People power prevailed when the Senegalese electorate voted for Macky Sall as their country’s new President, defeating the incumbent, Abdoulaye Wade, whose controversial decision to contest a third term led to massive demonstrations against him, which left six people dead. The constitution was amended to limit the presidential term to two, with the 85-year-old Wade arguing that the limit should not apply to his first term, which came in before the constitution was changed. His argument was backed by the Constitutional Court in January, leading to the violent protests.
But many Senegalese were disappointed because they thought that Wade, himself a long-time opposition politician before he finally won the presidency in 2000, should have behaved better given his own political experience. But he somehow atoned for his initial recalcitrance by accepting defeat when voters plumped for Sall, 50, in the run-off on March 26 when most of the other 12 candidates in the first round backed Sall.
In February’s first round Wade fell short of a majority, polling only 34.8 per cent while Sall came second with 26.6 per cent.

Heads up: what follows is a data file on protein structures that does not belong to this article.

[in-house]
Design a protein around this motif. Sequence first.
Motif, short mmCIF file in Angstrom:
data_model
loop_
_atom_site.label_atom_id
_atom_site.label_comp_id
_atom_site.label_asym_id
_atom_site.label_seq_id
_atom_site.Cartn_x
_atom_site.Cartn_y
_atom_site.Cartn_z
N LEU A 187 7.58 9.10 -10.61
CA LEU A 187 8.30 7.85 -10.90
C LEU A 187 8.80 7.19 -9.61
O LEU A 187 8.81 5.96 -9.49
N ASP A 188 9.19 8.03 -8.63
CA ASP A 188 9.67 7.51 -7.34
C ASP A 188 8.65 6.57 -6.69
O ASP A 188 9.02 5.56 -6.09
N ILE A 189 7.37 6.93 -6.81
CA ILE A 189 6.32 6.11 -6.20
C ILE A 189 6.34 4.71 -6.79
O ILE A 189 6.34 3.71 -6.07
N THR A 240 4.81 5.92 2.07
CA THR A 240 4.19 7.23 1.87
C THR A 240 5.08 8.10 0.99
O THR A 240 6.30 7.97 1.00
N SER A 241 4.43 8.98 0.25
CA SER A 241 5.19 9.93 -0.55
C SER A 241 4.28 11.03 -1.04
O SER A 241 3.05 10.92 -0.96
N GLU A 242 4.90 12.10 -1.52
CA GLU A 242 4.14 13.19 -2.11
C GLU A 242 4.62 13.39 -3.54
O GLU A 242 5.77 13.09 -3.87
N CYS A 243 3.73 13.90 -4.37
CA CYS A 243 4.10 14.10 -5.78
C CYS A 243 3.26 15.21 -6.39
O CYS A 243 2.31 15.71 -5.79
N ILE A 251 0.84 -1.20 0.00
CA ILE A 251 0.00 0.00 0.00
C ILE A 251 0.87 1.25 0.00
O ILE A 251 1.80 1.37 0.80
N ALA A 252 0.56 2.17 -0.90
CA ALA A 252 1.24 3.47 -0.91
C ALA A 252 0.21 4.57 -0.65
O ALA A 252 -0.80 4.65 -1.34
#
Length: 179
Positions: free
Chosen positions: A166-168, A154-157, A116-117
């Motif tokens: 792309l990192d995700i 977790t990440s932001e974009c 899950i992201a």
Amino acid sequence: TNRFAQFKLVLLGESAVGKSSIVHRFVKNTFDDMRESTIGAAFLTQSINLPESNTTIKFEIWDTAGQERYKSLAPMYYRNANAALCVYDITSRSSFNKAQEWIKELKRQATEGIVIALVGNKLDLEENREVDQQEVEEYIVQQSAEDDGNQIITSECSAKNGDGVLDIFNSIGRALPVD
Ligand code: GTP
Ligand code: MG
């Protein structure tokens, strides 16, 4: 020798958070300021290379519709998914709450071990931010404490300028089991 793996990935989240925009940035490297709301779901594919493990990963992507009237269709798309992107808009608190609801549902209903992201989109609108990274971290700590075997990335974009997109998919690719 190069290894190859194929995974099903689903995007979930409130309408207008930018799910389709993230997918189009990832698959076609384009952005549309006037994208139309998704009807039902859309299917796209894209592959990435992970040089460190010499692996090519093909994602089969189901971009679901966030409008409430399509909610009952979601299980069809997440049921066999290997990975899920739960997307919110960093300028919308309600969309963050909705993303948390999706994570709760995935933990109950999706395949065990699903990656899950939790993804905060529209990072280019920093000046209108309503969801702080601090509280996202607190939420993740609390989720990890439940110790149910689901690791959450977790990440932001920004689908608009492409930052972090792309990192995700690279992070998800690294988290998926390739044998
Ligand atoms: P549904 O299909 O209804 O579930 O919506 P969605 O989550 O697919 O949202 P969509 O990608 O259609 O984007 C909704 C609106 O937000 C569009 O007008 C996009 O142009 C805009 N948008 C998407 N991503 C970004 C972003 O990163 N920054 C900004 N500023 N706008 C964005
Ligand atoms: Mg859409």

The groundswell of opposition to Wade ensured that if he had attempted to rig the poll in his favour it would have been obvious that something fishy had gone on and this would have led to more violence in the only country in West Africa that has never had a military coup. The threat of more violence could have informed the decision of Wade to concede defeat to Sall who held several ministerial positions under Wade before becoming prime minister.
Senegalese voters have bucked the recent trend in Africa where aged politicians still rule the roost. For instance, when 74-year-old Rupiah Banda lost the presidential election in Zambia in September 2011, the winner was another 74-year-old, Michael Sata, who had challenged for the position three times before.
A month later, in Cameroon, President Paul Biya, 78, was re-elected for another seven-year term. By the time he finishes this current term he would be 85 and would have been in office for 36 years.
During the election campaign in Senegal, Sall promised that, if elected, he would shorten the presidential term to five years from the current seven, and enforce the two-term limit. This is a promise that the people of Senegal would want their new leader to keep. In Africa, where politicians of a certain age abound, there is a need to build a new community of younger leaders to take on the challenges of the 21st century.